Beyond this, the following issue was raised. How is it that Latinisation was such an effective process in Dacia, when Roman rule here lasted about 160 years, much less than in other parts of Europe, where Roman rule lasted for centuries?
Of course, we leave it to historians and specialists in the study of linguistic phenomena to agree on all the elements still under discussion. As far as we are concerned, we can say that, from an official point of view, Romanian belongs to the Romance languages, namely those which share the same common ancestor – the Latin language. This is the family that includes French, Italian, Spanish and Portuguese.
Romanian language today
Returning to the origins of the Romanian language, we can speak of Latin influence between the 1st and 6th centuries. The Roman rule officially ends in the 3rd century with the withdrawal of Roman troops and administration from Dacia under the Roman emperor Aurelius. The year 271 is generally mentioned to identify this moment, but what we need to remember is that it was in fact a long process, which indeed began in 271, but ended in 274. There is also some debate about the starting date, with some historians saying that the Roman retreat actually began around 250, but was formalized under Aurelian.
What is important is that the process of Latinization did not end immediately, but continued until around the 6th century. From this point onwards, we are talking about the Slavic influence on the Romanian language, and this is a long-lasting process that lasts until the 13th century.
We must also remember one of the significant milestones when we talk about the process of the formation of the Romanian language, namely the year 1521, which marks the first documented text in Romanian – as we understand it today. It is the “Letter of Neacșu of Câmpulung” to Johannes Benkner, the judge of Brasov.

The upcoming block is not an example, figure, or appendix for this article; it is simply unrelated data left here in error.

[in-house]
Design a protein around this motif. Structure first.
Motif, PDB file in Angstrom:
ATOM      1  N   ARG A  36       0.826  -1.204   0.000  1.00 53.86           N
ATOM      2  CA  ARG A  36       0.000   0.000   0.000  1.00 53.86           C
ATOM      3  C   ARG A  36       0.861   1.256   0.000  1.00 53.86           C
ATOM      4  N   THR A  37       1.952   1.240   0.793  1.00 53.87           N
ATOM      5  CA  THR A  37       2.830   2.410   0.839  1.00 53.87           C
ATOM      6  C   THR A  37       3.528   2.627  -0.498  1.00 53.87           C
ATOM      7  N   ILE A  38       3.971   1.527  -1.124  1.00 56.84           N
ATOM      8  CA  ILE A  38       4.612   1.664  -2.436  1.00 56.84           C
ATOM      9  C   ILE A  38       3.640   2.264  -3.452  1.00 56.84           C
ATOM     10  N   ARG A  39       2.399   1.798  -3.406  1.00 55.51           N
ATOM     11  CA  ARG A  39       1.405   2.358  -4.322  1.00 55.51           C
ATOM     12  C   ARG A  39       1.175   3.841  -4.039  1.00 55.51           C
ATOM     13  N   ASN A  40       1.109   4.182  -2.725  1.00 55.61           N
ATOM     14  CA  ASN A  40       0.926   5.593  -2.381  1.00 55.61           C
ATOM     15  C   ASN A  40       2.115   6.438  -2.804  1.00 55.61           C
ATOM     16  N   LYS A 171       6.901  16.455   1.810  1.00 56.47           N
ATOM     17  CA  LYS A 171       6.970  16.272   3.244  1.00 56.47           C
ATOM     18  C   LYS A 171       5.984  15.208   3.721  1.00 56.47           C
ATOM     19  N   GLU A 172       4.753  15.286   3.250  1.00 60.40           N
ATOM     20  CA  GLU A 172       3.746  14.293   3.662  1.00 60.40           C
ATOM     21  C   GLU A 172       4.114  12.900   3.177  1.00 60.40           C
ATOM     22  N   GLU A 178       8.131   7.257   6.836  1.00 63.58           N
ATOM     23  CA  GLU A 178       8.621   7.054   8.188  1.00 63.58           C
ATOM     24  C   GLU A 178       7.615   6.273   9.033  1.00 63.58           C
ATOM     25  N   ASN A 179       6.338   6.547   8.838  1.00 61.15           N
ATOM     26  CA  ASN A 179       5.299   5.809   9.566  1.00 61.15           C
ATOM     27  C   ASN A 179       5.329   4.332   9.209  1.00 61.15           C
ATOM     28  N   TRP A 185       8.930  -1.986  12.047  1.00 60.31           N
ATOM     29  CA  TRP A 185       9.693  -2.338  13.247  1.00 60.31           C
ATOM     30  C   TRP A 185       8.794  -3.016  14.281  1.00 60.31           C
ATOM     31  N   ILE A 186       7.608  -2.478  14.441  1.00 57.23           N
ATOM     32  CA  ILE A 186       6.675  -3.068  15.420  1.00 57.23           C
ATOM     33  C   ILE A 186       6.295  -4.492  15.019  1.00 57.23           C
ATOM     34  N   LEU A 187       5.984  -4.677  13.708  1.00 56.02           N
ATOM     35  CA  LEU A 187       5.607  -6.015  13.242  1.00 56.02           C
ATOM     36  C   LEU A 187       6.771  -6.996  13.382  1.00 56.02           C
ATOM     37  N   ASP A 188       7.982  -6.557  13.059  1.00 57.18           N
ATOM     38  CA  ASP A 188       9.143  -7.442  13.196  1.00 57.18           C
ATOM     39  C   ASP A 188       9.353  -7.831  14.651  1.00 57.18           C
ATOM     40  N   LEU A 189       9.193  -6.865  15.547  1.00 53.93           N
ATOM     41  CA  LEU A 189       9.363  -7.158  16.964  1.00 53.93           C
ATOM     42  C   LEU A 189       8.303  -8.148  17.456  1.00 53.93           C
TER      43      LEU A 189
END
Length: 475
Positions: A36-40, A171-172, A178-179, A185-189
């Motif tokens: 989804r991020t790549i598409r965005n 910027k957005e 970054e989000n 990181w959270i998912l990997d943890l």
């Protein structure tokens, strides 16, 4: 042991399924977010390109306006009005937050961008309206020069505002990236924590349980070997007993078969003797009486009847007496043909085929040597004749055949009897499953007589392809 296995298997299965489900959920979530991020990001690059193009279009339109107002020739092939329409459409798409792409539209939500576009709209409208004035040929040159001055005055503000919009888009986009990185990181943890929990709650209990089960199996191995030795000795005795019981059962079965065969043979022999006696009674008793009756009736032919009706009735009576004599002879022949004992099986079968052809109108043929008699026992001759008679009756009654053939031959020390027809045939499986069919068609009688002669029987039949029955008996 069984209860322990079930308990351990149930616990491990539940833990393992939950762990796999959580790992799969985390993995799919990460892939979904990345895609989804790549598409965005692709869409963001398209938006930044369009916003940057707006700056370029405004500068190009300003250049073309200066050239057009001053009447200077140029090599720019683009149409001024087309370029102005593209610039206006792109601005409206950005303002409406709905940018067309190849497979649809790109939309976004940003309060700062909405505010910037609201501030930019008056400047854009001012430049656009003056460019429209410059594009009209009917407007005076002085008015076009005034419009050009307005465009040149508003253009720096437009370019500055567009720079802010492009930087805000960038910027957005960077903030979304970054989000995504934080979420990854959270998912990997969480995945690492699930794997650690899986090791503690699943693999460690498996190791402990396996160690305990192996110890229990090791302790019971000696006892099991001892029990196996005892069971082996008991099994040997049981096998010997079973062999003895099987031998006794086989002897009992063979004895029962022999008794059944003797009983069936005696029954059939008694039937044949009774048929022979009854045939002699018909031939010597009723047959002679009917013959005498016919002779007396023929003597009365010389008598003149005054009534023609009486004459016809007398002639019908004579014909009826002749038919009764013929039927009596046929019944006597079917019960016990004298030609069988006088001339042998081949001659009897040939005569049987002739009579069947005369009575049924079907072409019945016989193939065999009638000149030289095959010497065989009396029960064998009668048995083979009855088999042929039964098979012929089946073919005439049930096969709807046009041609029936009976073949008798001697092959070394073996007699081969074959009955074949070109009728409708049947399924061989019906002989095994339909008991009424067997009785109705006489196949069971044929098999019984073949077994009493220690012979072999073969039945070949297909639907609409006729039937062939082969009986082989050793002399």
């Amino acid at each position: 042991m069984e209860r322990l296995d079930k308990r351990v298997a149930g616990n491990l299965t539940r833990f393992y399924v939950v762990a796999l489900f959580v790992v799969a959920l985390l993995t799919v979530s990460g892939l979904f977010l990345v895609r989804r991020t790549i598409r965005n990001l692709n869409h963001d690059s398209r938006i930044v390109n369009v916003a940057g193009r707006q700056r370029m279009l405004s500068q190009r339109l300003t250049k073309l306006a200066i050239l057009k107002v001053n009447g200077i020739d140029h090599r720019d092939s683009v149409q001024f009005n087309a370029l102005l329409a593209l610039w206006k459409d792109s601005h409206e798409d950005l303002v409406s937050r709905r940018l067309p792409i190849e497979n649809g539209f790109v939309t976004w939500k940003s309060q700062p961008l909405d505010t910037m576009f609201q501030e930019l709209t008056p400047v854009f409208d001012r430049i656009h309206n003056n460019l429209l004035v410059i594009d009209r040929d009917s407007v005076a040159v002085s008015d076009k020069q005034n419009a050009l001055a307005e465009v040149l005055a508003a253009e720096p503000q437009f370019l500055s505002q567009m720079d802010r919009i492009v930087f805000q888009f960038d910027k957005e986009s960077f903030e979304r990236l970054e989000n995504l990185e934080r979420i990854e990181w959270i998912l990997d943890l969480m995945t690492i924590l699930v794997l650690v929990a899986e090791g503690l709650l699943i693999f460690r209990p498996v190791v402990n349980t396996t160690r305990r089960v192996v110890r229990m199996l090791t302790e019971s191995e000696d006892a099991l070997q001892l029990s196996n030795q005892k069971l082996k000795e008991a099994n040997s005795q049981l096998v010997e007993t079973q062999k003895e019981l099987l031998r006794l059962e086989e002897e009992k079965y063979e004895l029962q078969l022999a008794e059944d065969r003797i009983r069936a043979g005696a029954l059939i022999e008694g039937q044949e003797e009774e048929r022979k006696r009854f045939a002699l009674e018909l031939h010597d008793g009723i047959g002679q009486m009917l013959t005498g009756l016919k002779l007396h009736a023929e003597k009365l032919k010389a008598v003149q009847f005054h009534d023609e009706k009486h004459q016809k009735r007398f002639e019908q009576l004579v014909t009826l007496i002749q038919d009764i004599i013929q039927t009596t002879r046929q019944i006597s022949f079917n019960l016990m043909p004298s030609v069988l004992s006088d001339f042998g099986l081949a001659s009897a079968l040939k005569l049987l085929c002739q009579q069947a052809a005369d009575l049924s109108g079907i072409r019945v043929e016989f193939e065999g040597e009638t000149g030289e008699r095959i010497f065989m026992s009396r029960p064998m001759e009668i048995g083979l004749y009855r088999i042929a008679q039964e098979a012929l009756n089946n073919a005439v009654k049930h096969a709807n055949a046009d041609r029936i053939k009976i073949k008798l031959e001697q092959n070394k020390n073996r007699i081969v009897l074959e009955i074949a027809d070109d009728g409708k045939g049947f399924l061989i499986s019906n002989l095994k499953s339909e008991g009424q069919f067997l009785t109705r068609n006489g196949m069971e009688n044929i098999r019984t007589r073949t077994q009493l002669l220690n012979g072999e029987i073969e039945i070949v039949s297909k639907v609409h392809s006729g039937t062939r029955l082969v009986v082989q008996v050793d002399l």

Taking into account the official theory, according to which the Romanian language comes from spoken Latin and Geto-Dacian, the period of formation is considered to be between the 3rd century BC and the 6th century AD. Over the combination of Vulgar Latin and the Geto-Dacian language is superimposed the prolonged contact with Slavic populations, which is considered to be at the origin of an important part of the vocabulary. In the Middle Ages and pre-modern period, Hungarian, Old Turkish, Ottoman, and Greek words entered the language. French had a strong influence in the 19th century.
The period of the modern Romanian language begins in the 19th century, with the first texts of the great classical writers who provided the models for the modern literary Romanian language.
For more information about the origin of the Romanian language, about the culture and civilization of the Romanian people, we also welcome you to the online Romanian language course. There we will tell you about many such things, starting from the idea that you cannot really learn a language without knowing some of the important things in the history of the people who speak it.